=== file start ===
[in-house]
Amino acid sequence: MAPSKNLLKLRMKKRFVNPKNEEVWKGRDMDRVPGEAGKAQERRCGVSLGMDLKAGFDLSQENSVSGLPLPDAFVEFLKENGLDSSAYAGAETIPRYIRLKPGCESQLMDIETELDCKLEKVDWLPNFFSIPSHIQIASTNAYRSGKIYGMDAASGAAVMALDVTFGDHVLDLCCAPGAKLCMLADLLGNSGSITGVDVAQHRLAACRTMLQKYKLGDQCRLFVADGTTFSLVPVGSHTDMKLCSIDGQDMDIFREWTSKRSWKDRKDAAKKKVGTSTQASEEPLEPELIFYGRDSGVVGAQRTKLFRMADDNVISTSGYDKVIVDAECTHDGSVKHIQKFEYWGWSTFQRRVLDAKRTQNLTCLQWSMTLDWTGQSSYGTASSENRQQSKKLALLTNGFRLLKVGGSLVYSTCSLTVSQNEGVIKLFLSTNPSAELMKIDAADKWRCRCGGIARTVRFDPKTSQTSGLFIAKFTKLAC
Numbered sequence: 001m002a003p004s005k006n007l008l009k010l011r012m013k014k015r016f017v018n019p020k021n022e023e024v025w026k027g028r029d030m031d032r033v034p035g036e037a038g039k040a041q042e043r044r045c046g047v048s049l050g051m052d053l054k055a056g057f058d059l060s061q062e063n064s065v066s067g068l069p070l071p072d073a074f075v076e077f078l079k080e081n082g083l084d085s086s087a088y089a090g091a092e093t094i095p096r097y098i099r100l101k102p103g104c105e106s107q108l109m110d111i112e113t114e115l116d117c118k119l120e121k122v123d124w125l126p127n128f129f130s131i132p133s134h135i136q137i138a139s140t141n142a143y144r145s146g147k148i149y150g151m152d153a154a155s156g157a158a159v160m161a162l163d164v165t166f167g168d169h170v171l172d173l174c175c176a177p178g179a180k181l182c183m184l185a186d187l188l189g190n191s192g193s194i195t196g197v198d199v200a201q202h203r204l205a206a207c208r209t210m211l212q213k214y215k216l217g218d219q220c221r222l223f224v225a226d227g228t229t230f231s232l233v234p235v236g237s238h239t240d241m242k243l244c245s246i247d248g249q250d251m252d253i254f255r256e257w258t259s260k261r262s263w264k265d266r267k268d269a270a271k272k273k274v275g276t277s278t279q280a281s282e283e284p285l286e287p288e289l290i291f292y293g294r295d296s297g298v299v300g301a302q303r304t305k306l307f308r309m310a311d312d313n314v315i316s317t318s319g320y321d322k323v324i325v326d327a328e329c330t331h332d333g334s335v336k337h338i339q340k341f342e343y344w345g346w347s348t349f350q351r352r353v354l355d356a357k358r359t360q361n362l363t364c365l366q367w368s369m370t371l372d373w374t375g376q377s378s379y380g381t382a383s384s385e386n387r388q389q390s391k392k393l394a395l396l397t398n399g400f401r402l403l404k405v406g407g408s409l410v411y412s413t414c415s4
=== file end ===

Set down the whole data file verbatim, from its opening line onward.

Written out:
[in-house]
Amino acid sequence: MAPSKNLLKLRMKKRFVNPKNEEVWKGRDMDRVPGEAGKAQERRCGVSLGMDLKAGFDLSQENSVSGLPLPDAFVEFLKENGLDSSAYAGAETIPRYIRLKPGCESQLMDIETELDCKLEKVDWLPNFFSIPSHIQIASTNAYRSGKIYGMDAASGAAVMALDVTFGDHVLDLCCAPGAKLCMLADLLGNSGSITGVDVAQHRLAACRTMLQKYKLGDQCRLFVADGTTFSLVPVGSHTDMKLCSIDGQDMDIFREWTSKRSWKDRKDAAKKKVGTSTQASEEPLEPELIFYGRDSGVVGAQRTKLFRMADDNVISTSGYDKVIVDAECTHDGSVKHIQKFEYWGWSTFQRRVLDAKRTQNLTCLQWSMTLDWTGQSSYGTASSENRQQSKKLALLTNGFRLLKVGGSLVYSTCSLTVSQNEGVIKLFLSTNPSAELMKIDAADKWRCRCGGIARTVRFDPKTSQTSGLFIAKFTKLAC
Numbered sequence: 001m002a003p004s005k006n007l008l009k010l011r012m013k014k015r016f017v018n019p020k021n022e023e024v025w026k027g028r029d030m031d032r033v034p035g036e037a038g039k040a041q042e043r044r045c046g047v048s049l050g051m052d053l054k055a056g057f058d059l060s061q062e063n064s065v066s067g068l069p070l071p072d073a074f075v076e077f078l079k080e081n082g083l084d085s086s087a088y089a090g091a092e093t094i095p096r097y098i099r100l101k102p103g104c105e106s107q108l109m110d111i112e113t114e115l116d117c118k119l120e121k122v123d124w125l126p127n128f129f130s131i132p133s134h135i136q137i138a139s140t141n142a143y144r145s146g147k148i149y150g151m152d153a154a155s156g157a158a159v160m161a162l163d164v165t166f167g168d169h170v171l172d173l174c175c176a177p178g179a180k181l182c183m184l185a186d187l188l189g190n191s192g193s194i195t196g197v198d199v200a201q202h203r204l205a206a207c208r209t210m211l212q213k214y215k216l217g218d219q220c221r222l223f224v225a226d227g228t229t230f231s232l233v234p235v236g237s238h239t240d241m242k243l244c245s246i247d248g249q250d251m252d253i254f255r256e257w258t259s260k261r262s263w264k265d266r267k268d269a270a271k272k273k274v275g276t277s278t279q280a281s282e283e284p285l286e287p288e289l290i291f292y293g294r295d296s297g298v299v300g301a302q303r304t305k306l307f308r309m310a311d312d313n314v315i316s317t318s319g320y321d322k323v324i325v326d327a328e329c330t331h332d333g334s335v336k337h338i339q340k341f342e343y344w345g346w347s348t349f350q351r352r353v354l355d356a357k358r359t360q361n362l363t364c365l366q367w368s369m370t371l372d373w374t375g376q377s378s379y380g381t382a383s384s385e386n387r388q389q390s391k392k393l394a395l396l397t398n399g400f401r402l403l404k405v406g407g408s409l410v411y412s413t414c415s4